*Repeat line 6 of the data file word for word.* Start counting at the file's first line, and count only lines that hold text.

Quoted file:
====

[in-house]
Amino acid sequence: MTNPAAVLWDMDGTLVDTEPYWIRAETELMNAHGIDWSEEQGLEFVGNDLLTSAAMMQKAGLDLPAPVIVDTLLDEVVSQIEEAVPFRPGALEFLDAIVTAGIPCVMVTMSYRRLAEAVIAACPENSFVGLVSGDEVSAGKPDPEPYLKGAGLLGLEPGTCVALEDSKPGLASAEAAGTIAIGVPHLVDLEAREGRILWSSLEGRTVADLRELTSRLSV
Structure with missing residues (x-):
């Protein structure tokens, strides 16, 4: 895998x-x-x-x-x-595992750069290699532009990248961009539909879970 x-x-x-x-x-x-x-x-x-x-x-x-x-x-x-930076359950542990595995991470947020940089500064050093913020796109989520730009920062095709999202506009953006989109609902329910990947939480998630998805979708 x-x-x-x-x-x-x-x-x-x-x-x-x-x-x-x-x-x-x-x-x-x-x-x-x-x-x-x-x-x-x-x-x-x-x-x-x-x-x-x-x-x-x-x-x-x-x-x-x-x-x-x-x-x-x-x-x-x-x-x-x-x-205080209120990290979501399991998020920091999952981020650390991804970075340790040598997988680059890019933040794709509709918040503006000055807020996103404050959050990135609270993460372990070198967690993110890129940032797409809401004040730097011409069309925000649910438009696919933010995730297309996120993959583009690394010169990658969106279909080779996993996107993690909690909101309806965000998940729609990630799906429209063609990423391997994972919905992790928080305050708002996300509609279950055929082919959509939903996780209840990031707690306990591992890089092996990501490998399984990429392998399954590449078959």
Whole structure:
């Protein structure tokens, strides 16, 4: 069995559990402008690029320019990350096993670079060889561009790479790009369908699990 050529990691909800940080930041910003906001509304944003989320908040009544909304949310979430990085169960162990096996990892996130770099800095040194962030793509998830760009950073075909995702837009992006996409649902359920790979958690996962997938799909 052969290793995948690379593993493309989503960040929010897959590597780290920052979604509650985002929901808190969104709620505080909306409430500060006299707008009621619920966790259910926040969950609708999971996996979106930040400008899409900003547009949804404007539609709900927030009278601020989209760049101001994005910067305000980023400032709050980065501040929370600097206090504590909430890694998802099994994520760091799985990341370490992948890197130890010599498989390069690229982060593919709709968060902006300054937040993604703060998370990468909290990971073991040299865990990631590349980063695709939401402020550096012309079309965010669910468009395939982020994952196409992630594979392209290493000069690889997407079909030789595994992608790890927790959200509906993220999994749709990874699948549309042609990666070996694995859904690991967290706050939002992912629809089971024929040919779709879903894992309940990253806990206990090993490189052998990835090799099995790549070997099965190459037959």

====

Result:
């Protein structure tokens, strides 16, 4: 069995559990402008690029320019990350096993670079060889561009790479790009369908699990 050529990691909800940080930041910003906001509304944003989320908040009544909304949310979430990085169960162990096996990892996130770099800095040194962030793509998830760009950073075909995702837009992006996409649902359920790979958690996962997938799909 052969290793995948690379593993493309989503960040929010897959590597780290920052979604509650985002929901808190969104709620505080909306409430500060006299707008009621619920966790259910926040969950609708999971996996979106930040400008899409900003547009949804404007539609709900927030009278601020989209760049101001994005910067305000980023400032709050980065501040929370600097206090504590909430890694998802099994994520760091799985990341370490992948890197130890010599498989390069690229982060593919709709968060902006300054937040993604703060998370990468909290990971073991040299865990990631590349980063695709939401402020550096012309079309965010669910468009395939982020994952196409992630594979392209290493000069690889997407079909030789595994992608790890927790959200509906993220999994749709990874699948549309042609990666070996694995859904690991967290706050939002992912629809089971024929040919779709879903894992309940990253806990206990090993490189052998990835090799099995790549070997099965190459037959």